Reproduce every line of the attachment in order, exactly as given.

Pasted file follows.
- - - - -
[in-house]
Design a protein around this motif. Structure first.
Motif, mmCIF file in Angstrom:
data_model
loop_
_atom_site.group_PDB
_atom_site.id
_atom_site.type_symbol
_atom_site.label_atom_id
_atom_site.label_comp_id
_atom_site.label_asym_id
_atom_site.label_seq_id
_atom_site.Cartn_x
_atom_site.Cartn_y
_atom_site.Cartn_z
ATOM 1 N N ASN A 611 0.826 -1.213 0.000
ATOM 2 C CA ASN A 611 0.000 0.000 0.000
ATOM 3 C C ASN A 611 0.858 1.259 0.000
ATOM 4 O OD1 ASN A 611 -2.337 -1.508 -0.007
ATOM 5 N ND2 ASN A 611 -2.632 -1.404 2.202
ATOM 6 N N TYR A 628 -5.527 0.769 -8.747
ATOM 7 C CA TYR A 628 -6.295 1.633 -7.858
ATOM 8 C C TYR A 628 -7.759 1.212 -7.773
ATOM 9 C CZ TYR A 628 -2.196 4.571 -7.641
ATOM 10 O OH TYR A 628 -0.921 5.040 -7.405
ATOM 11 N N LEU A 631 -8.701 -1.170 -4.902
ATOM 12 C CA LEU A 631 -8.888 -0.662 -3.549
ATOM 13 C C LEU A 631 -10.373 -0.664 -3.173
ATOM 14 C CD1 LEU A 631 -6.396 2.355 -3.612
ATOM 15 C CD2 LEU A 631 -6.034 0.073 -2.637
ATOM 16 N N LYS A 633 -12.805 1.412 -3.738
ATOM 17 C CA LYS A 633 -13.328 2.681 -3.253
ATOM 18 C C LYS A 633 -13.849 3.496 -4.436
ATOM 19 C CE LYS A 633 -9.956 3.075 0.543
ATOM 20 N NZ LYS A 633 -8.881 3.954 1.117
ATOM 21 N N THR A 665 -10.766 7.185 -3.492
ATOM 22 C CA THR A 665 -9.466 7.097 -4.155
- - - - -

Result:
[in-house]
Design a protein around this motif. Structure first.
Motif, mmCIF file in Angstrom:
data_model
loop_
_atom_site.group_PDB
_atom_site.id
_atom_site.type_symbol
_atom_site.label_atom_id
_atom_site.label_comp_id
_atom_site.label_asym_id
_atom_site.label_seq_id
_atom_site.Cartn_x
_atom_site.Cartn_y
_atom_site.Cartn_z
ATOM 1 N N ASN A 611 0.826 -1.213 0.000
ATOM 2 C CA ASN A 611 0.000 0.000 0.000
ATOM 3 C C ASN A 611 0.858 1.259 0.000
ATOM 4 O OD1 ASN A 611 -2.337 -1.508 -0.007
ATOM 5 N ND2 ASN A 611 -2.632 -1.404 2.202
ATOM 6 N N TYR A 628 -5.527 0.769 -8.747
ATOM 7 C CA TYR A 628 -6.295 1.633 -7.858
ATOM 8 C C TYR A 628 -7.759 1.212 -7.773
ATOM 9 C CZ TYR A 628 -2.196 4.571 -7.641
ATOM 10 O OH TYR A 628 -0.921 5.040 -7.405
ATOM 11 N N LEU A 631 -8.701 -1.170 -4.902
ATOM 12 C CA LEU A 631 -8.888 -0.662 -3.549
ATOM 13 C C LEU A 631 -10.373 -0.664 -3.173
ATOM 14 C CD1 LEU A 631 -6.396 2.355 -3.612
ATOM 15 C CD2 LEU A 631 -6.034 0.073 -2.637
ATOM 16 N N LYS A 633 -12.805 1.412 -3.738
ATOM 17 C CA LYS A 633 -13.328 2.681 -3.253
ATOM 18 C C LYS A 633 -13.849 3.496 -4.436
ATOM 19 C CE LYS A 633 -9.956 3.075 0.543
ATOM 20 N NZ LYS A 633 -8.881 3.954 1.117
ATOM 21 N N THR A 665 -10.766 7.185 -3.492
ATOM 22 C CA THR A 665 -9.466 7.097 -4.155